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Austria Becomes Latest Country In Europe To Ban Full-Face Veil

Women in Austria protest in February against a ban on full-face veils. The measure was approved by the government on Tuesday.
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Women in Austria protest in February against a ban on full-face veils. The measure was approved by the government on Tuesday.

Austria became the latest European country to ban the full-face veil on Tuesday, with the legislation supported by both of the country's ruling parties.

"Starting in October, police will be charging fines from people who wear clothes that obstruct their facial features," Deutsche Welle reports. "The 150-euro ($166) fine would also apply to women wearing burqas and niqabs at universities, courts, or in public transport."

France, Belgium, the Netherlands and Bulgaria have already banned or partially banned wearing a burqa or niqab. Germany and Norway are also working on bans.

"The ban on the full-face veil is seen above all as a symbolic measure designed to avert pressure from the anti-immigration Freedom party," reports the Guardian. "Only between 100 and 150 women are estimated to wear the full-face veil in Austria."

The ban is part of a larger "integration law" that was assembled by Austria's two major parties, the Social Democratic party and the center-right Austrian People's Party. The policies are seen as an effort to avoid a collapse of the coalition government, which would trigger snap elections.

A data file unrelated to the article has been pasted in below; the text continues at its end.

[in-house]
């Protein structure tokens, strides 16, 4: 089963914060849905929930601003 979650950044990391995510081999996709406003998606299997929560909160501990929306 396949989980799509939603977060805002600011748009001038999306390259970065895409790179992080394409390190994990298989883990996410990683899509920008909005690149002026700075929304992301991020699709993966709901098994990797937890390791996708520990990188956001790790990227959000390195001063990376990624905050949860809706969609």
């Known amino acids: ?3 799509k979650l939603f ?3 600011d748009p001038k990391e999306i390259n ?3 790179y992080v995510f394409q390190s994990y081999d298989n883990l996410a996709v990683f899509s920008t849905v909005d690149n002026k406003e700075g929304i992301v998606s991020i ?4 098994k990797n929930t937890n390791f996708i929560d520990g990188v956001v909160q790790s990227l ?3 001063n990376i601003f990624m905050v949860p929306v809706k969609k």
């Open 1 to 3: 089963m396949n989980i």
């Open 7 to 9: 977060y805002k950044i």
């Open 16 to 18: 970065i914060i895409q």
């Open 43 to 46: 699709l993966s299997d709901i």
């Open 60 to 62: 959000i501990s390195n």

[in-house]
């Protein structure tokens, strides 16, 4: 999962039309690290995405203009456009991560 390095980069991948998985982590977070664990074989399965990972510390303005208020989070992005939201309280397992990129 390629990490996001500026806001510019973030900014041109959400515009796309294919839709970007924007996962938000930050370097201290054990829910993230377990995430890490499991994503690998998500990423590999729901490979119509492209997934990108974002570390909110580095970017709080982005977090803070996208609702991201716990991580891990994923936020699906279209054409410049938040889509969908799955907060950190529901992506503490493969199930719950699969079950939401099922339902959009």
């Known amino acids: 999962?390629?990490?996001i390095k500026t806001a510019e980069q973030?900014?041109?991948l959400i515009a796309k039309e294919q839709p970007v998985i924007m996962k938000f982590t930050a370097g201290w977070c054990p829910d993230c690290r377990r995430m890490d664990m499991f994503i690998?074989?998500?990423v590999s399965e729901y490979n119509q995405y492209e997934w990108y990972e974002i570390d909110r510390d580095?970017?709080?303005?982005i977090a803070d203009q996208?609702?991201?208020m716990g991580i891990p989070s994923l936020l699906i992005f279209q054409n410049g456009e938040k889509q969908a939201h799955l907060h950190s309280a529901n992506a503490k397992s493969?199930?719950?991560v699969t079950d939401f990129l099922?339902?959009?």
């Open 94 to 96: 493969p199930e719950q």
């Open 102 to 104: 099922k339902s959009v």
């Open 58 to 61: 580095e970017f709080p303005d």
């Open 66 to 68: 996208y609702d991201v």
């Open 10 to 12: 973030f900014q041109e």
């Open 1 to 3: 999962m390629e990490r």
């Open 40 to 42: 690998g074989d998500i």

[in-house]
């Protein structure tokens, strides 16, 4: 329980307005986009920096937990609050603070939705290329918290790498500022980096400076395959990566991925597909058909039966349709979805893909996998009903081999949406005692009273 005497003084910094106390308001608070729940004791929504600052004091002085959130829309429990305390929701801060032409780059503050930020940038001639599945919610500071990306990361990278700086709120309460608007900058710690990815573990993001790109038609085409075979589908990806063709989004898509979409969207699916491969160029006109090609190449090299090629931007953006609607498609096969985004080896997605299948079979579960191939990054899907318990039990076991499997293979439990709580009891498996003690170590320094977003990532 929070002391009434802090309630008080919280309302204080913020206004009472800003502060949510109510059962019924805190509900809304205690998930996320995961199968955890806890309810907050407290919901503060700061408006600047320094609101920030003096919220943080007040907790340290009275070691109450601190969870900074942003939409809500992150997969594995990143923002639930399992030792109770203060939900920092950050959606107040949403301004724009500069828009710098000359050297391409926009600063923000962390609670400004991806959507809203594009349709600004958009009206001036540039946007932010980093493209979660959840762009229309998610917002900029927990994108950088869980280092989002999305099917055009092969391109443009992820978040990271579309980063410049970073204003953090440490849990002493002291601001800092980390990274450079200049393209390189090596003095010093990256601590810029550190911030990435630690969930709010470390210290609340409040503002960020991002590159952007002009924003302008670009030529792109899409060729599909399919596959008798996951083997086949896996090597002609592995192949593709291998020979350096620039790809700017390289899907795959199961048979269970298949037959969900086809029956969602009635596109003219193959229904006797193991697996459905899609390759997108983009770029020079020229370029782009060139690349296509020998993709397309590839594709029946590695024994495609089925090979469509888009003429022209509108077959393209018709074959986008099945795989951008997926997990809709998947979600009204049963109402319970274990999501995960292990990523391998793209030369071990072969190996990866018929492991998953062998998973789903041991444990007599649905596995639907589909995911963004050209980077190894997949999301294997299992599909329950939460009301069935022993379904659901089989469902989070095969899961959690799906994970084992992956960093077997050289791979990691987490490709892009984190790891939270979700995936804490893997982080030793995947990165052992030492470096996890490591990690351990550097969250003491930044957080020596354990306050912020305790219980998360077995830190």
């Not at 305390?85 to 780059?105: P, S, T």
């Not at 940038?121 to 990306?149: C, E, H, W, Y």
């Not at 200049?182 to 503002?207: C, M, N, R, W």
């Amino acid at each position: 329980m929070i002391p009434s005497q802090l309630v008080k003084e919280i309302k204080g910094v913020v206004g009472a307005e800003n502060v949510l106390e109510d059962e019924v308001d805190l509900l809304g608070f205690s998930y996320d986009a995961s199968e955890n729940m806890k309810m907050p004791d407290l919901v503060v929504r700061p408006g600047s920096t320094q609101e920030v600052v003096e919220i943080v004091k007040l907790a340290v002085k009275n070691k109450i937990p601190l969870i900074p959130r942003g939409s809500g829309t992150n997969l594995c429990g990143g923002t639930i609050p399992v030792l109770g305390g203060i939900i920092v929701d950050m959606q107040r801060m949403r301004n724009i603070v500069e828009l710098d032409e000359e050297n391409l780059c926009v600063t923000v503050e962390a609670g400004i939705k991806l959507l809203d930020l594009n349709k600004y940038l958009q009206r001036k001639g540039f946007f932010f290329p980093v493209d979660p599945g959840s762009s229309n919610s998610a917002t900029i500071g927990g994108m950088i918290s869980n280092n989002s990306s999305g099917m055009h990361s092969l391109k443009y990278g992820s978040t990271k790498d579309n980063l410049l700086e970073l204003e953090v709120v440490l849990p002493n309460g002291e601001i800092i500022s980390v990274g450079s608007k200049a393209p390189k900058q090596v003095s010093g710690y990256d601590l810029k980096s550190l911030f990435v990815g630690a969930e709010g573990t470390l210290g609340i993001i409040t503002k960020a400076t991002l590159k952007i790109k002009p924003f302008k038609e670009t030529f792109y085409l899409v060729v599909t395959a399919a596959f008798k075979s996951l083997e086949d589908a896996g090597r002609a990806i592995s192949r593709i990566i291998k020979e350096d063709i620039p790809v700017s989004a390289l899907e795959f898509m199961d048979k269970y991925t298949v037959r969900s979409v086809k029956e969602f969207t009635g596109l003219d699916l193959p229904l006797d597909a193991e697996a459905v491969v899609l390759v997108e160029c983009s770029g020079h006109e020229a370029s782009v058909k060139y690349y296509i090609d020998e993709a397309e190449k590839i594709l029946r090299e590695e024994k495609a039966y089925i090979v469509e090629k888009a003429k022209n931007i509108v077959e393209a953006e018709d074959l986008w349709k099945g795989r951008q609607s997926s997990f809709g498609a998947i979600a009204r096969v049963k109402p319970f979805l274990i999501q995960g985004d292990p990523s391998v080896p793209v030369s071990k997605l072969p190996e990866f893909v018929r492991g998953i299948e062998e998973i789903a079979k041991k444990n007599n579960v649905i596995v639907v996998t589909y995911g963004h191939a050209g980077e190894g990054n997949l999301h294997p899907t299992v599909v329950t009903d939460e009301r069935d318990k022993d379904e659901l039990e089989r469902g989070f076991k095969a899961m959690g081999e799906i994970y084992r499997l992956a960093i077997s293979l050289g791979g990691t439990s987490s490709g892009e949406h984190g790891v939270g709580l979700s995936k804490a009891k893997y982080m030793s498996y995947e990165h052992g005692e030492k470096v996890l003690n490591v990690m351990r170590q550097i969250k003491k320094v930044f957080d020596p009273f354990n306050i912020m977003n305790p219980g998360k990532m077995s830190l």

The government is under pressure from the far-right Freedom Party, which said that the law did not go far enough.

The new package of laws is intended to create "better framework conditions for this long and difficult road to integration," said Austrian Foreign Minister Sebastian Kurz in a March press release.

It creates a number of rules and regulations for people who want to settle in Austria, including a 12-month "integration school" with lessons in German language and Austrian values. Asylum seekers will also be expected to do unpaid public work to prepare them for the job market, Deutche Welle reports.

"This is meant to ensure long-term integration into the labour market," said the foreign ministry's press release.

Migrants who refuse to take part in the courses would see their social welfare benefits cut, reports Deutsche Welle.

In February, thousands of people marched in Vienna in a rally organized by Muslim groups, protesting the proposed legislation. In a press release that month, Kurz referred to full-body veils and Salafist literature distribution as "symbols of a counter-society."

Germany's lower house, the Bundestag, approved a similar draft law last month that would prohibit wearing the full-face veil at work for civil servants, judges and soldiers.

German Chancellor Angela Merkel called for a ban on full-face veils "wherever legally possible." She faces an election in September, and her party has been losing some support to the anti-immigrant Alternative for Germany party, reports Deutsche Welle.

In March, the EU's highest court ruled that a Muslim woman who was fired in Belgium over wanting to wear an Islamic headscarf at her job did not suffer from direct discrimination, because her employer had a general rule against religious or political displays.

The veil bans join a long history of regulating and legislating women's clothing. France became the first European country to ban the full-face veil in 2011. Last summer the country introduced a ban on the "burkini"; the ban was enforced by mayors on the French Riviera until it was overturned by France's top administrative court.

Copyright 2021 NPR. To see more, visit https://www.npr.org.

Laurel Wamsley is a reporter for NPR's News Desk. She reports breaking news for NPR's digital coverage, newscasts, and news magazines, as well as occasional features. She was also the lead reporter for NPR's coverage of the 2019 Women's World Cup in France.
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